Brand Names: U.S.
Brand Names: Canada
What is this drug used for?
- It is used to treat soft, brittle bones (osteoporosis).
- It is used for bone growth.
- It is used when treating some cancers.
- It is used to treat high calcium levels in patients with cancer.
- It may be given to you for other reasons. Talk with the doctor.
What do I need to tell my doctor BEFORE I take this drug?
- If you have an allergy to denosumab or any other part of this drug.
- If you are allergic to any drugs like this one, any other drugs, foods, or other substances. Tell your doctor about the allergy and what signs you had, like rash; hives; itching; shortness of breath; wheezing; cough; swelling of face, lips, tongue, or throat; or any other signs.
- If you have low calcium levels.
This is not a list of all drugs or health problems that interact with this drug.
Tell your doctor and pharmacist about all of your drugs (prescription or OTC, natural products, vitamins) and health problems. You must check to make sure that it is safe for you to take this drug with all of your drugs and health problems. Do not start, stop, or change the dose of any drug without checking with your doctor.
- If you are pregnant or may be pregnant. Do not take this drug if you are pregnant.
What are some things I need to know or do while I take this drug?
- Tell dentists, surgeons, and other doctors that you use this drug.
- This drug may raise the chance of a broken leg. Talk with your doctor.
- Have your blood work checked. Talk with your doctor.
- Have a bone density test. Talk with your doctor.
- Take calcium and vitamin D as you were told by your doctor.
- Have a dental exam before starting this drug.
- Take good care of your teeth. See a dentist often.
- If you smoke, talk with your doctor.
- Do not give to a child. Talk with your doctor.
- Tell your doctor if you are breast-feeding. You will need to talk about any risks to your baby.
- This drug may cause harm to the unborn baby if you take it while you are pregnant. If you get pregnant while taking this drug, call your doctor right away.
- Very bad infections have been reported with use of this drug. If you have any infection, are taking antibiotics now or in the recent past, or have many infections, talk with your doctor.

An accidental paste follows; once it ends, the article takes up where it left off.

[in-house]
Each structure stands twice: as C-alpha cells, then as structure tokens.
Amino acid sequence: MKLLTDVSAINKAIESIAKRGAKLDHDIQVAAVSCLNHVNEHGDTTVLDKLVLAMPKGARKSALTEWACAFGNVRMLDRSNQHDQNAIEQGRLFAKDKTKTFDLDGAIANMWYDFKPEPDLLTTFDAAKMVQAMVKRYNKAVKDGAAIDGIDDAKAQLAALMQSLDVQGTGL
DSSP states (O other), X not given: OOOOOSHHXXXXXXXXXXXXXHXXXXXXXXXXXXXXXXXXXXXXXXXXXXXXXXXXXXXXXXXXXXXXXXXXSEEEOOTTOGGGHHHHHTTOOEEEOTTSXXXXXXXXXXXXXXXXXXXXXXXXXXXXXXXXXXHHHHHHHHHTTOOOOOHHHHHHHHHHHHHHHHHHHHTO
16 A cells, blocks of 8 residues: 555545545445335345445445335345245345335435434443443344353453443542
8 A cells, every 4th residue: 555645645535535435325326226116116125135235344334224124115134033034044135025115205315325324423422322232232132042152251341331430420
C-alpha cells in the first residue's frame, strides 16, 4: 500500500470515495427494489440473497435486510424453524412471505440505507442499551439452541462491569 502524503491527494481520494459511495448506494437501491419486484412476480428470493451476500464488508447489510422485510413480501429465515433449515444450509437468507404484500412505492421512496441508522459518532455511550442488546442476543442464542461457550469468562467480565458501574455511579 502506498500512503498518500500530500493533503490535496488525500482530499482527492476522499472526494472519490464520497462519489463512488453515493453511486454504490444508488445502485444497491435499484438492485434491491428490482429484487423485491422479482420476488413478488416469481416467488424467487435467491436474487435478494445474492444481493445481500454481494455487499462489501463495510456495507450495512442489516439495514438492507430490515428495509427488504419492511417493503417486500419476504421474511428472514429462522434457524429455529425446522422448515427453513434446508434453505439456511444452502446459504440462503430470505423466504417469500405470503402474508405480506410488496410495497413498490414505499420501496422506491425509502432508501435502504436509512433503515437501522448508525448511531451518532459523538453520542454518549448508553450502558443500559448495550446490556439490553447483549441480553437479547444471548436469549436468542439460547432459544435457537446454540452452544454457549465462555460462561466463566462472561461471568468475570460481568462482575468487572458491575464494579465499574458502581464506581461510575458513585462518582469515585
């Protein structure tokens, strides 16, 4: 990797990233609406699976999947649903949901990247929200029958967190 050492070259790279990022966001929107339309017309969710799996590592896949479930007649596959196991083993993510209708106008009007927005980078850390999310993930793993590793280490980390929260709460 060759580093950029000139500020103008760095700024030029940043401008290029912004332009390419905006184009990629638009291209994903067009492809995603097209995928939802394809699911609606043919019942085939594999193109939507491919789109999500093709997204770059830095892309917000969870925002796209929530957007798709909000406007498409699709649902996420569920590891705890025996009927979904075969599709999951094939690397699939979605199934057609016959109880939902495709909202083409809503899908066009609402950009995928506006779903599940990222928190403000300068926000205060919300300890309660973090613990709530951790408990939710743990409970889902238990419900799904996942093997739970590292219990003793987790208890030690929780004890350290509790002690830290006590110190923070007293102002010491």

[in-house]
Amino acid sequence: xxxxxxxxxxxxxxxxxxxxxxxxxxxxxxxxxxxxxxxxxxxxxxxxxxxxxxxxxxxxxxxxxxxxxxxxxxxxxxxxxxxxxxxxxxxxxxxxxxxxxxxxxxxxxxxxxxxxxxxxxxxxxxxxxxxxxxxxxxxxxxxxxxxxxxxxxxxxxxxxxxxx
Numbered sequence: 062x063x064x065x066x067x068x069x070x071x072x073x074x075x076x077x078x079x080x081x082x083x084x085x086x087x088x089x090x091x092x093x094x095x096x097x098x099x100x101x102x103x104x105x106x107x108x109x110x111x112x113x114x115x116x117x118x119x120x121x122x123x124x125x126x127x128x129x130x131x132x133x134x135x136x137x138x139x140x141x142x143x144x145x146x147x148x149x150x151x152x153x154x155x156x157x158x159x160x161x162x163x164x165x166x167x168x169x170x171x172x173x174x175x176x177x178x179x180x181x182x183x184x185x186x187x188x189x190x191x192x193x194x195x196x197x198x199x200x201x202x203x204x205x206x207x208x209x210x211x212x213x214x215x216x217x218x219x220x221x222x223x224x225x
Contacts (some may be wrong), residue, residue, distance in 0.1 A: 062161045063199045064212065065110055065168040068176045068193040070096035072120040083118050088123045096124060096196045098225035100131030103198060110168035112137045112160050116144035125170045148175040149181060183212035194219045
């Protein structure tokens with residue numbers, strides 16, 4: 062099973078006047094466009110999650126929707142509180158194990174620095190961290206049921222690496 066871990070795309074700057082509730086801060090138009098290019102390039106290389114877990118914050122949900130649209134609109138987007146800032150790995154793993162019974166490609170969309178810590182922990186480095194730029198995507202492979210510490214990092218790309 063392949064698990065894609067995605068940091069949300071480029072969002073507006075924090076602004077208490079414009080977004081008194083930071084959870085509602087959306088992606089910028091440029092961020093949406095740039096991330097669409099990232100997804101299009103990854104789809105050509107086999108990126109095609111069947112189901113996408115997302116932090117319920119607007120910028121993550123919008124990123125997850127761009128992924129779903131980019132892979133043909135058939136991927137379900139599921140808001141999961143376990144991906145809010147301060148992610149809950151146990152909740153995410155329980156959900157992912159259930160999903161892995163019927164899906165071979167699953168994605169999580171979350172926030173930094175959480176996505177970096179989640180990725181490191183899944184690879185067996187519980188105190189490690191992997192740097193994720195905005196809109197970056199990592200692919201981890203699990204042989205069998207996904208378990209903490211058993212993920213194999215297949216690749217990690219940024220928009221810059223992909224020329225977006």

- You may have more chance of getting an infection. Wash hands often. Stay away from people with infections, colds, or flu.
- Use birth control that you can trust to prevent pregnancy while taking this drug.
- If you are a man and your sex partner is pregnant or gets pregnant at any time while you are being treated, talk with your doctor.
What are some side effects that I need to call my doctor about right away?
WARNING/CAUTION: Even though it may be rare, some people may have very bad and sometimes deadly side effects when taking a drug. Tell your doctor or get medical help right away if you have any of the following signs or symptoms that may be related to a very bad side effect:
- Signs of an allergic reaction, like rash; hives; itching; red, swollen, blistered, or peeling skin with or without fever; wheezing; tightness in the chest or throat; trouble breathing or talking; unusual hoarseness; or swelling of the mouth, face, lips, tongue, or throat.
- Signs of low calcium levels like muscle cramps or spasms, numbness and tingling, or seizures.
- Mouth sores.
- Swelling in the arms or legs.
- Feeling very tired or weak.
- Any new or strange groin, hip, or thigh pain.
- This drug may cause jawbone problems. The chance may be higher the longer you take this drug. The chance may be higher if you have cancer, dental problems, dentures that do not fit well, anemia, blood clotting problems, or an infection. The chance may also be higher if you are having dental work or if you are getting chemo, some steroid drugs, or radiation. Call your doctor right away if you have jaw swelling or pain.